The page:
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By Tom Avril
Inquirer Staff Writer
Sept. 19, 2011
When a team of University of Pennsylvania computer scientists set out to
test the security of the encrypted two-way radios widely used by federal
agents, they were in for an unnerving surprise:
For a small but significant part of the time, the radio traffic was not
All they had to do was turn on a store-bought receiver and they could
hear agents discussing the identities of undercover agents and
informants, locations of surveillance targets, and other sensitive
details, the researchers reported in a study last month.
In one three-month period, the team said it picked up this kind of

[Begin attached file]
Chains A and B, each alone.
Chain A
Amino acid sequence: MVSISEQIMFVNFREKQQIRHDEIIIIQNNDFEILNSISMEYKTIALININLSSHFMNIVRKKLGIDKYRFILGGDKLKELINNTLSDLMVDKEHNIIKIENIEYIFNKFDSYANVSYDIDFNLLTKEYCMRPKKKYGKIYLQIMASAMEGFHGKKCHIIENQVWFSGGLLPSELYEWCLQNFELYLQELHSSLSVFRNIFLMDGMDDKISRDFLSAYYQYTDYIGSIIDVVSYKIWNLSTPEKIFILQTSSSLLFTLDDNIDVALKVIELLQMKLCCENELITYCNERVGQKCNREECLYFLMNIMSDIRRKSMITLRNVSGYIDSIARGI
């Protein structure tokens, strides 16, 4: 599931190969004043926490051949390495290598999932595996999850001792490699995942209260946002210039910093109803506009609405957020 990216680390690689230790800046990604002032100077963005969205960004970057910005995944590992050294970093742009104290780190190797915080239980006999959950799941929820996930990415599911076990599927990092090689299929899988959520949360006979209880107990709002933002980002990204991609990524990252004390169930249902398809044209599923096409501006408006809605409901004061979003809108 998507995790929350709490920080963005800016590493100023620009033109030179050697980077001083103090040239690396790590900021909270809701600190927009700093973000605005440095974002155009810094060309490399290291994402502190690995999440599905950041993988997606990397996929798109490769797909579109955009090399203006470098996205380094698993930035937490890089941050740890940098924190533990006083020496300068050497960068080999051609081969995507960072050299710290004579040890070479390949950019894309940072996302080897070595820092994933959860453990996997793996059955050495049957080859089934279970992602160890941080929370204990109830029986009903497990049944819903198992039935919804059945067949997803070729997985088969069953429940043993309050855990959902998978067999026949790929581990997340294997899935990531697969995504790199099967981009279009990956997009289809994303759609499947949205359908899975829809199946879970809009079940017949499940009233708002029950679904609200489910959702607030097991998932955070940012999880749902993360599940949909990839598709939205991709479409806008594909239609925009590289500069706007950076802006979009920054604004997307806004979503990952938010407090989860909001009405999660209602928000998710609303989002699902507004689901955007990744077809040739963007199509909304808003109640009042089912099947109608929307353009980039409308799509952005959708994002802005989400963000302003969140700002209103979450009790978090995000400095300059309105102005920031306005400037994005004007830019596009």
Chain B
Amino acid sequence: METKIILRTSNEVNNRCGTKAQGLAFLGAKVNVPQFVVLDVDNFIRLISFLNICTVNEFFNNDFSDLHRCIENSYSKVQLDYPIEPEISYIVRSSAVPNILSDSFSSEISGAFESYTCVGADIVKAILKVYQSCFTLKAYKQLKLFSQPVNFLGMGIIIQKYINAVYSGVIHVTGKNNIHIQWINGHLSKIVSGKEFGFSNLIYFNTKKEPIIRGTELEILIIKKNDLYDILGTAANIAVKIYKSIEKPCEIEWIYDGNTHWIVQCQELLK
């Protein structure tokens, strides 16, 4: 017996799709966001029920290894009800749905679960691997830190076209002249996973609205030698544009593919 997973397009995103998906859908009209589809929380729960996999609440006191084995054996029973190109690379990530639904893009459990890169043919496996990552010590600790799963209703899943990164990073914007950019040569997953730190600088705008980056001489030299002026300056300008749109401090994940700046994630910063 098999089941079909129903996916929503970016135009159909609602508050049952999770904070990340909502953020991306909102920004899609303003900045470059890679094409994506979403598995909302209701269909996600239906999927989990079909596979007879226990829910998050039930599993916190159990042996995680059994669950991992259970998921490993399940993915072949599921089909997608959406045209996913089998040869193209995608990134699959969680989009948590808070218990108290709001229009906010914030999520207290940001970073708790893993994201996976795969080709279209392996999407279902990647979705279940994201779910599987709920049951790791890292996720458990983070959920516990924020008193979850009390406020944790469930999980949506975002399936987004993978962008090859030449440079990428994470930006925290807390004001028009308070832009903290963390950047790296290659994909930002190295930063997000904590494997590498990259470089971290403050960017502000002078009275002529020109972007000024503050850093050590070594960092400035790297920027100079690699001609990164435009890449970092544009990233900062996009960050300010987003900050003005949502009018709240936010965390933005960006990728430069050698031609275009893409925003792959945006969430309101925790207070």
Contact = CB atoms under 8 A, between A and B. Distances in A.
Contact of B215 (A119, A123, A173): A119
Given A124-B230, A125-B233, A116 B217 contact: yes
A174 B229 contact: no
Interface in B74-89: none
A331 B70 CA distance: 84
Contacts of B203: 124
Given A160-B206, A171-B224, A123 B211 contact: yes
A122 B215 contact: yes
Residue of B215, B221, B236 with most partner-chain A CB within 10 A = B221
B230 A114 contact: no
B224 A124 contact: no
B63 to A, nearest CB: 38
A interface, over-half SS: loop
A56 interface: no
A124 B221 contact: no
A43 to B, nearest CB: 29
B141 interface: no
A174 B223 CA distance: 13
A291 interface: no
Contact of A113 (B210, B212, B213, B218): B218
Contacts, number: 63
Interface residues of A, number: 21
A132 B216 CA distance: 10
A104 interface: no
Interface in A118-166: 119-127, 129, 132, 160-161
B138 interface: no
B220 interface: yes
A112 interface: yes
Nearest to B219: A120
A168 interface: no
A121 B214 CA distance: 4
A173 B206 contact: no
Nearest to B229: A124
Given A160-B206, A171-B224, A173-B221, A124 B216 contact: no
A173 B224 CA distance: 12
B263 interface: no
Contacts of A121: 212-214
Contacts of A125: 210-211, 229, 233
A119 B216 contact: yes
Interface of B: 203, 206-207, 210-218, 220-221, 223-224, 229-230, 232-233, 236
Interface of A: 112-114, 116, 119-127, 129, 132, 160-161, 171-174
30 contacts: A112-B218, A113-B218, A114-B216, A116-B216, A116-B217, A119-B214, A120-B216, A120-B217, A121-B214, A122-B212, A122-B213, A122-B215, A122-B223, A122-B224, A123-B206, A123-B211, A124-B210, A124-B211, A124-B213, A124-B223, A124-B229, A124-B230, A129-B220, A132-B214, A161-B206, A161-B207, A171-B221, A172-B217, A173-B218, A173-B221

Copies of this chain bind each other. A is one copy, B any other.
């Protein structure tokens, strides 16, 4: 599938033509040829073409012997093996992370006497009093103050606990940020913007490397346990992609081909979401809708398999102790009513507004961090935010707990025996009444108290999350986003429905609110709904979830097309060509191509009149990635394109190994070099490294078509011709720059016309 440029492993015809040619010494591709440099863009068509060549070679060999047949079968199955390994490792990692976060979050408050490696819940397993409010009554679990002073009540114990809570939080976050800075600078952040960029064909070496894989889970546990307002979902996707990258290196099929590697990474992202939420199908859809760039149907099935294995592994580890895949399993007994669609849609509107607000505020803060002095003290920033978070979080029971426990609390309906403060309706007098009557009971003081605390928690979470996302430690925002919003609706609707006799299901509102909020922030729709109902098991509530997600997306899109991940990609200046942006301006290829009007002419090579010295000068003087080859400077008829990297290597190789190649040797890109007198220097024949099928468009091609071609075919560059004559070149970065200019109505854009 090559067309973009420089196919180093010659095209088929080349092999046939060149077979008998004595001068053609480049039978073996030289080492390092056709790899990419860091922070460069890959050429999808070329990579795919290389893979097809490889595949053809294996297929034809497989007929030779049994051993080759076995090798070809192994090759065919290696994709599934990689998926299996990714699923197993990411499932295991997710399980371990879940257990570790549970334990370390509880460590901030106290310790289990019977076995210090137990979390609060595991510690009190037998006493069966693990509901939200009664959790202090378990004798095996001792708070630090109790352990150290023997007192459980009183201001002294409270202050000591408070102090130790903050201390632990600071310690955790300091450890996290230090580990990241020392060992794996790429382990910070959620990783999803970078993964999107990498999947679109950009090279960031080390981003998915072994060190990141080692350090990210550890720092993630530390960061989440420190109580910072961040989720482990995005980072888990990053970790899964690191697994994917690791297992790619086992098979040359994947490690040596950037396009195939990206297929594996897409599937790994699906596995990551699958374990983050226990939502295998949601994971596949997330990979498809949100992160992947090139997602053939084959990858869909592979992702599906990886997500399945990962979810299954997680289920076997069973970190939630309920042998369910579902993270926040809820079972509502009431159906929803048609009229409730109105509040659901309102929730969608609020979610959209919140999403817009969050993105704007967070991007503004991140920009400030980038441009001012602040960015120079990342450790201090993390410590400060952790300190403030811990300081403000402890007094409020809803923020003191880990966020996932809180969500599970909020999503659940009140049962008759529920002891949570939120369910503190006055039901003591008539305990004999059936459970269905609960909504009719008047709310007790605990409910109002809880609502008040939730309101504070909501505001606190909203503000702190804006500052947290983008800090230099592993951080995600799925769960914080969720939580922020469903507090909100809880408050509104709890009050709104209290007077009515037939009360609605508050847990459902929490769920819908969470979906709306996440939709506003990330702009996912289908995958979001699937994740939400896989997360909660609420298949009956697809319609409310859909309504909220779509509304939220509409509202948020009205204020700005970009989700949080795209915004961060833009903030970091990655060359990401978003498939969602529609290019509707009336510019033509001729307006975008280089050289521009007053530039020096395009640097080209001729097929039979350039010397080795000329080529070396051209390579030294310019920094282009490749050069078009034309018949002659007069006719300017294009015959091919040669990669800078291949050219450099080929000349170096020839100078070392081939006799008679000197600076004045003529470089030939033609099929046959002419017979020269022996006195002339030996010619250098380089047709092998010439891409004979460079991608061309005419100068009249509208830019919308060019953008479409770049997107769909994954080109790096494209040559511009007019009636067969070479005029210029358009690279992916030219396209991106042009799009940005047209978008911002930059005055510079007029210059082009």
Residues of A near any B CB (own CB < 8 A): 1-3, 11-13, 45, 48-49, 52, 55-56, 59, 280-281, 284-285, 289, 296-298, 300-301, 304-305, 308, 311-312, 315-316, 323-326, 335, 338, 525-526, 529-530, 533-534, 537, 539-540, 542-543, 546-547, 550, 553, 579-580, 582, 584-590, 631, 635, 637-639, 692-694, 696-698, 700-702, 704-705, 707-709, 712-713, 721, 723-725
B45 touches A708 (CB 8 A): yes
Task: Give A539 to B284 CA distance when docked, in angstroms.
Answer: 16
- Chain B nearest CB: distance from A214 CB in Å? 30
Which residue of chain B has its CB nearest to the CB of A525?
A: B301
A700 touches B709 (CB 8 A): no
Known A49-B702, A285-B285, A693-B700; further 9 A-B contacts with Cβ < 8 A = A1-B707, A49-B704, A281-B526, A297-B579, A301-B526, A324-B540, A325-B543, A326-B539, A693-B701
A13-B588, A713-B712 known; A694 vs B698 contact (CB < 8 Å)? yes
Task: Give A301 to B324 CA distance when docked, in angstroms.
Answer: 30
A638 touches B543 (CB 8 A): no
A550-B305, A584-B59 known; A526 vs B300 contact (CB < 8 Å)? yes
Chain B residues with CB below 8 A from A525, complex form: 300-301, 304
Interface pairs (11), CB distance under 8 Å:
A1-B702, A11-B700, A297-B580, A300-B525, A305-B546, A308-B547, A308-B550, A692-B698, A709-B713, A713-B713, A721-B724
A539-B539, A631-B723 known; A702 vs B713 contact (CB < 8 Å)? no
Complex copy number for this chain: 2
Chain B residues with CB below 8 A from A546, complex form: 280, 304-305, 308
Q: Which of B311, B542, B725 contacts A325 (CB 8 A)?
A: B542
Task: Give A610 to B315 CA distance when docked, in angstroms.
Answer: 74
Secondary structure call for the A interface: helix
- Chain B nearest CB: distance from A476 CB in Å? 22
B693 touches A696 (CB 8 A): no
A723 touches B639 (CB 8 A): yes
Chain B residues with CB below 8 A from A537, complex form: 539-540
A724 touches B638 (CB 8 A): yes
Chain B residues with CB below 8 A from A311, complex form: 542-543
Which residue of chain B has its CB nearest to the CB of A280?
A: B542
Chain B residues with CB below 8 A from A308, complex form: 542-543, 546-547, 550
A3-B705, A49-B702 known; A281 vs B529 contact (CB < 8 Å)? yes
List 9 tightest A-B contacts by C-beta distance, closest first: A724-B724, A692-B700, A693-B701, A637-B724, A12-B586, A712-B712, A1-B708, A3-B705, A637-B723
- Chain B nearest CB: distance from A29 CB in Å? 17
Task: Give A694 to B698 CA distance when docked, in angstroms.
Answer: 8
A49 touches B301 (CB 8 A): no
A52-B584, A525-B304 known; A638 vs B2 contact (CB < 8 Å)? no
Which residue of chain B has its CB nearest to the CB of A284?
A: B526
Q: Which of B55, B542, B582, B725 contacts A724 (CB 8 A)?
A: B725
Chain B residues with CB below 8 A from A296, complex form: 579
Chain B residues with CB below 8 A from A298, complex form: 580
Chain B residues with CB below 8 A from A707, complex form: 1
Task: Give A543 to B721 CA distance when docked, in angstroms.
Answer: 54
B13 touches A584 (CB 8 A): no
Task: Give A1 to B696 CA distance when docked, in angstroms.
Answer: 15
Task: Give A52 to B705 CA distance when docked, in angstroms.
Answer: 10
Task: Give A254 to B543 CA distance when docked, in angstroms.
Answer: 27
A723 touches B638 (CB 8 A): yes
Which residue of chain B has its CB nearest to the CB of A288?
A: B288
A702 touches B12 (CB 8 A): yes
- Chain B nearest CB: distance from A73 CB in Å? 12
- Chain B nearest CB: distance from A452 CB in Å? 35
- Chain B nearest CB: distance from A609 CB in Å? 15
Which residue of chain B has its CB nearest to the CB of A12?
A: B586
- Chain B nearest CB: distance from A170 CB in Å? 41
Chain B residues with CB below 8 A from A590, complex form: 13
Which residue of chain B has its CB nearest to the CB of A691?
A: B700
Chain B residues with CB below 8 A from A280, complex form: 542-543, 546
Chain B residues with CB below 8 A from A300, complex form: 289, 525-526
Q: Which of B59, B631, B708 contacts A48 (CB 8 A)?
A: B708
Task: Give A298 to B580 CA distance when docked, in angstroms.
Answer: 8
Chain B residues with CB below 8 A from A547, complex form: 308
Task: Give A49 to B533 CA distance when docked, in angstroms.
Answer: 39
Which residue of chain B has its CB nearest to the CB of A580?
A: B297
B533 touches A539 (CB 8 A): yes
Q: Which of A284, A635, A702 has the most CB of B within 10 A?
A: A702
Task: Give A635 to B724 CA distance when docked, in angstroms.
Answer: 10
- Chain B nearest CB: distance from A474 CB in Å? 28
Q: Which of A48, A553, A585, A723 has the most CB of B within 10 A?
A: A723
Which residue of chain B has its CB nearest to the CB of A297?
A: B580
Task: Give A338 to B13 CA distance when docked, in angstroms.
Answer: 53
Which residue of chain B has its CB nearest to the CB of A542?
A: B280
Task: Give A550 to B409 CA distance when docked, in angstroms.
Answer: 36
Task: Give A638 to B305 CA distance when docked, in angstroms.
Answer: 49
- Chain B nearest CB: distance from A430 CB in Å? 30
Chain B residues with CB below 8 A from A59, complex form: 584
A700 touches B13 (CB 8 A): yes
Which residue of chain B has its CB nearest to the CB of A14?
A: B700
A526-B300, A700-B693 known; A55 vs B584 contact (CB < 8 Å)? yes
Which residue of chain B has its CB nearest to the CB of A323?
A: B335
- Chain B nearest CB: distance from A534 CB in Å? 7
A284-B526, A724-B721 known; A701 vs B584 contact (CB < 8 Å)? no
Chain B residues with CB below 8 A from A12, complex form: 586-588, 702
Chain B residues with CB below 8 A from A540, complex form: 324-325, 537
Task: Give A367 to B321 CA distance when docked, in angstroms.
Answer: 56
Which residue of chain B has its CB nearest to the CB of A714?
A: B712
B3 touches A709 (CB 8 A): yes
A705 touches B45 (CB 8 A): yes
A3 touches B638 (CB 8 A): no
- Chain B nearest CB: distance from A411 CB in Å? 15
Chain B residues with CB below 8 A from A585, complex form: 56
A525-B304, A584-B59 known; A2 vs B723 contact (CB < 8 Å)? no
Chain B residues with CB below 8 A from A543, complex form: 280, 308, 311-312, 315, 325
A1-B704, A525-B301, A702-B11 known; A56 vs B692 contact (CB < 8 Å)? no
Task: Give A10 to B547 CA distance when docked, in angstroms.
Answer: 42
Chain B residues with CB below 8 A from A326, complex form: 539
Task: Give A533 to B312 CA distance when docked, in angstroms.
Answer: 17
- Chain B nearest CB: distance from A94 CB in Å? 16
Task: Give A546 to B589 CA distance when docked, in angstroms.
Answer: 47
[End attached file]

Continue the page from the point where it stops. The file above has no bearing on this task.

traffic for 23 minutes a day, on average, in several unidentified cities
where listening posts were set up.
The researchers, who won an award for their paper at a national
conference, are working with law enforcement agencies to alleviate
problems through software tweaks and training. But they said they also
identified other security flaws with the radios that may be harder to
With a bit of technical know-how, they were able to jam radio
transmissions using a modified toy - an instant-messaging device
designed for preteens. In addition, by using a radio to send out
unobtrusive "pings," they were able to track the location of all radios
tuned to a given frequency, as well as the federal agency the users
"It's like Harry Potter's Marauder's Map," said lead author Sandy Clark,
referring to the magical parchment that reveals the location of anyone
at Hogwarts School.
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